Thursday, February 28, 2013

Fonts for Dyslexia

I was introduced to some fonts that were designed for dyslexic brains to make reading easier. I have yet to try these fonts with the gentleman I am tutoring who has dyslexia, but I thought I would share these resources in the interim.

The first font is called Dyslexie, and it looks like this:

To learn more about Dyslexie typeface, visit their web page: This font is not free of charge, but it appears that they have done their research on why their font was designed the way it was.

The second font is called Open Dyslexic, and it is a free and open source typeface. It was created by an individual who has dyslexia. I pulled a sample paragraph displaying the Open Dyslexic font from the "about" page of the website and included it below:

Open Dyslexic is created to help with some of the symptoms of dyslexia. Letters have heavy weighted bottoms to indicate direction. You are able to quickly figure out which part of the letter is down which aids in recognizing the correct letter, and sometimes helps to keep your brain from rotating them around. Consistently weighted bottoms can also help reinforce the line of text. The unique shapes of each letter can help prevent confusion through flipping and swapping.

(Open Dyslexic font is available for free download at Thanks to the developer, Abelardo Gonzalez, for offering this free resource!)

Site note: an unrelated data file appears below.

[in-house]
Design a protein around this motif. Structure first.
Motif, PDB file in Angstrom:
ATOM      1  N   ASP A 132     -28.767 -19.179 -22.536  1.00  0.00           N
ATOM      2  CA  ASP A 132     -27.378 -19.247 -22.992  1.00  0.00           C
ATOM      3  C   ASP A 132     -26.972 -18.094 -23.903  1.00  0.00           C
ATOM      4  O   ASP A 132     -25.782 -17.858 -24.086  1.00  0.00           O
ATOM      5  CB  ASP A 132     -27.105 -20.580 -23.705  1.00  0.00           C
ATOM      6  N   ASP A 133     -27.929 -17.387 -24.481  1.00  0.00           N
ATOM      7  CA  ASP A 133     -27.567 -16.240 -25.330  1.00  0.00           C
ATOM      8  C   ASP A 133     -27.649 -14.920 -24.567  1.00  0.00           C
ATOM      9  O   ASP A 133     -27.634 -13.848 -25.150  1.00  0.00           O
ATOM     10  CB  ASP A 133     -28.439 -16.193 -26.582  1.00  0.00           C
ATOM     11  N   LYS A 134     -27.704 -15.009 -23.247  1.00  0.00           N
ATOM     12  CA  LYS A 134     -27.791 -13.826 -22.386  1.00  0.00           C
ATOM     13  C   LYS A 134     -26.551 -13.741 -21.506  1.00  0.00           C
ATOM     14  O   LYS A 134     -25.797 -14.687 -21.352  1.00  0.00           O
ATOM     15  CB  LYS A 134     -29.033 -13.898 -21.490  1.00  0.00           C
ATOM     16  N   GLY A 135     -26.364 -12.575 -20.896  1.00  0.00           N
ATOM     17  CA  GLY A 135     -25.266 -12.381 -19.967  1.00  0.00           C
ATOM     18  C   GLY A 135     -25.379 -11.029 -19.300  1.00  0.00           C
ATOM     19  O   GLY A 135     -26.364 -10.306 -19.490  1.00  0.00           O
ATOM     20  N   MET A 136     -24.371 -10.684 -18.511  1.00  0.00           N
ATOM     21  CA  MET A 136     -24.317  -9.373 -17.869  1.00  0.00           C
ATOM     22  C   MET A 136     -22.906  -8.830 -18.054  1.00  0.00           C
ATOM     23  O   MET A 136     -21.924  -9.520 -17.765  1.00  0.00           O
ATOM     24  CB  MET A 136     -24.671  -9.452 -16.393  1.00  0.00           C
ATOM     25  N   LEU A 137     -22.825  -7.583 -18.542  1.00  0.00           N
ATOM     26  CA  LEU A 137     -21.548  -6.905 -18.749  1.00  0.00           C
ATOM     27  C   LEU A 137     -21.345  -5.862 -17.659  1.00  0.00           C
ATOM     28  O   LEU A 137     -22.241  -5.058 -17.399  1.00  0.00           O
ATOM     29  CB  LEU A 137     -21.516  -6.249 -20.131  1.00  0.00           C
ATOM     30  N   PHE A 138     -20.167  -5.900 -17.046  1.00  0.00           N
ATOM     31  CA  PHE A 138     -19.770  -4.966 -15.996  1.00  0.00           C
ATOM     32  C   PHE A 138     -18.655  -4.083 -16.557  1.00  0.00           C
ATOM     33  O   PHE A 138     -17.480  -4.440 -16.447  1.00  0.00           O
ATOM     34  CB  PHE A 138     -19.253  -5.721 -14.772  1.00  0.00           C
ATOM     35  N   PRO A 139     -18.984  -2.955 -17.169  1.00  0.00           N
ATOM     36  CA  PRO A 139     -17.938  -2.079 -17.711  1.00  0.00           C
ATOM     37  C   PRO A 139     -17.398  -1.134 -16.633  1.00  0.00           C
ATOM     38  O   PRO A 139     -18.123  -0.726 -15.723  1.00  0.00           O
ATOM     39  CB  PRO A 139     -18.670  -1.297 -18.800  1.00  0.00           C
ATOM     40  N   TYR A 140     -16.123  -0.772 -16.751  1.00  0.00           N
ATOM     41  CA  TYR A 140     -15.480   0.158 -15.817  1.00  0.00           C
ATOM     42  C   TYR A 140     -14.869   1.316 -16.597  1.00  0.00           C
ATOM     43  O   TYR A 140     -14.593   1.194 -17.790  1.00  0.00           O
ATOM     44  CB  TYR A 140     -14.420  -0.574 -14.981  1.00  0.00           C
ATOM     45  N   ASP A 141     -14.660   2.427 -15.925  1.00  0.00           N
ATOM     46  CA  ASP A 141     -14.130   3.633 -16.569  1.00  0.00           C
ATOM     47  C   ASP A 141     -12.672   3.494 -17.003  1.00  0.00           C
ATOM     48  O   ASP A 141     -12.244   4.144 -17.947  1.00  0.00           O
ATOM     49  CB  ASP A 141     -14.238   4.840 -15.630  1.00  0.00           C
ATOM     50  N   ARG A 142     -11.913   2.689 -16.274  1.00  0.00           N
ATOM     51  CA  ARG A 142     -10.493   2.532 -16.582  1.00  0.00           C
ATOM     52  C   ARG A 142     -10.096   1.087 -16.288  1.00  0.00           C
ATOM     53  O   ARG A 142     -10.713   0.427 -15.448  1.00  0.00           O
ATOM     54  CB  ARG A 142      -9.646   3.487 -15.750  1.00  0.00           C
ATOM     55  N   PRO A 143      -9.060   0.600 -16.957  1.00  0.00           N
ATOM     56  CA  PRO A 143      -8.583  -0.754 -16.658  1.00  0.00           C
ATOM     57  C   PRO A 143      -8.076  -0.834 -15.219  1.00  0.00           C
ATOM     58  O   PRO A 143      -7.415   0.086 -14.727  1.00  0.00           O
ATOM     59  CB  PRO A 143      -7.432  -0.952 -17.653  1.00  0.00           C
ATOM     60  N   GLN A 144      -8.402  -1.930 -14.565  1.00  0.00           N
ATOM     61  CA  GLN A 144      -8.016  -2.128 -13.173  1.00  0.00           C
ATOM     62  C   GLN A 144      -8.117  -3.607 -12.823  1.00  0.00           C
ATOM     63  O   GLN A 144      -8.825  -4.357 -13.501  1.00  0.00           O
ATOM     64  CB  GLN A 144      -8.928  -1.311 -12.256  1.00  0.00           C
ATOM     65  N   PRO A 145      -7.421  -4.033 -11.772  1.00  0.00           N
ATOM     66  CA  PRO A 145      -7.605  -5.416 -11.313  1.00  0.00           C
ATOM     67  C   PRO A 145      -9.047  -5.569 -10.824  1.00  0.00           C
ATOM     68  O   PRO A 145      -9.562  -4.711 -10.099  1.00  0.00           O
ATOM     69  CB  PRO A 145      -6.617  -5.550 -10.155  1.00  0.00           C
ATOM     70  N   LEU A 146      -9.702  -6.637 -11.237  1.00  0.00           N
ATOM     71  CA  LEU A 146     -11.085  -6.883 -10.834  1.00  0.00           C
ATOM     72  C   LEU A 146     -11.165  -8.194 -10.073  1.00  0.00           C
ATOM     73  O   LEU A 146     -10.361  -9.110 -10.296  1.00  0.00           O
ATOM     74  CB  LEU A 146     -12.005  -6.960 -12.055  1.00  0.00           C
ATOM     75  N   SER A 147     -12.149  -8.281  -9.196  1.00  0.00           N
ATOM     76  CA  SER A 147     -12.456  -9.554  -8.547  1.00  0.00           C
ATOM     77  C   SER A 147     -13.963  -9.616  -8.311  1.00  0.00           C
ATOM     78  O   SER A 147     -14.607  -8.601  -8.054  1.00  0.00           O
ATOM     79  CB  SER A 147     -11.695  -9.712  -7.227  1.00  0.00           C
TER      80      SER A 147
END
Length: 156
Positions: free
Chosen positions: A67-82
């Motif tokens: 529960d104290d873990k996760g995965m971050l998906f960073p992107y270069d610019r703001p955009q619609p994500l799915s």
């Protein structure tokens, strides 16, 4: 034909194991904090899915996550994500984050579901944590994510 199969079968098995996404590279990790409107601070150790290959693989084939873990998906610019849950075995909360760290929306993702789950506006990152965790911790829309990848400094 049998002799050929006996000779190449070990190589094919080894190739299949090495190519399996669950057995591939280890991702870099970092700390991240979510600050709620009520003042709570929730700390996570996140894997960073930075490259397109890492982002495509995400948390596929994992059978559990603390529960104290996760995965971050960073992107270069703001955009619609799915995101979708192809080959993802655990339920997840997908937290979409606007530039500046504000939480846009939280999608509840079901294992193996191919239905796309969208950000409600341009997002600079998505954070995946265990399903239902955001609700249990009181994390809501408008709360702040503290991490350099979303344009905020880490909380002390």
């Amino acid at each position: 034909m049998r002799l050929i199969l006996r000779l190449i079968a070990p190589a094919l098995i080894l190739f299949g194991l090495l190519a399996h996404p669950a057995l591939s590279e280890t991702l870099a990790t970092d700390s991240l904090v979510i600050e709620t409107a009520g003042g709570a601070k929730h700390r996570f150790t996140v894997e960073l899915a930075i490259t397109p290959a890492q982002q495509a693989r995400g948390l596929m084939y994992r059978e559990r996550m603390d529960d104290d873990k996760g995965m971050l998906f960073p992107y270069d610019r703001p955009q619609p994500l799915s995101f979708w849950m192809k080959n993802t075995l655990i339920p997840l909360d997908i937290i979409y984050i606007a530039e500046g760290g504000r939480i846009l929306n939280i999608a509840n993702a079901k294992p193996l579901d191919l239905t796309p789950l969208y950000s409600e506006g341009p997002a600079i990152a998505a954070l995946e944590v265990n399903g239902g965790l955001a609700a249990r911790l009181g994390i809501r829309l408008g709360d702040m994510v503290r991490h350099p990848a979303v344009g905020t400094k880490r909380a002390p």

If anyone has success with these fonts, or fonts similar to these, feel free to comment!

Free Online Speed Reading Tool

I have blogged before about learning strategies for reading faster and speed reading, as well as optimal silent and oral reading rates--both of which have proven to be popular posts. In that light, I was recently introduced to a free online tool called Spreeder, developed by 7-Speed-Reading. The objective of this tool is to help improve reading speed and comprehension. This tool could be used to help students practice reading at a faster rate, helping them to avoid the sub-vocalization that often occurs in their reading which, in turn, slows reading down.

To use the tool, first, paste the text you'd like to "speed read" into the box.

Then, select from a drop-down menu the settings you'd like to use. Settings include the number of words you would like displayed on the screen at a time, words per minute, background color, etc.

When you click "start," the text will flash across the screen at the rate prescribed in the settings, allowing the reader to read the text at that designated reading rate.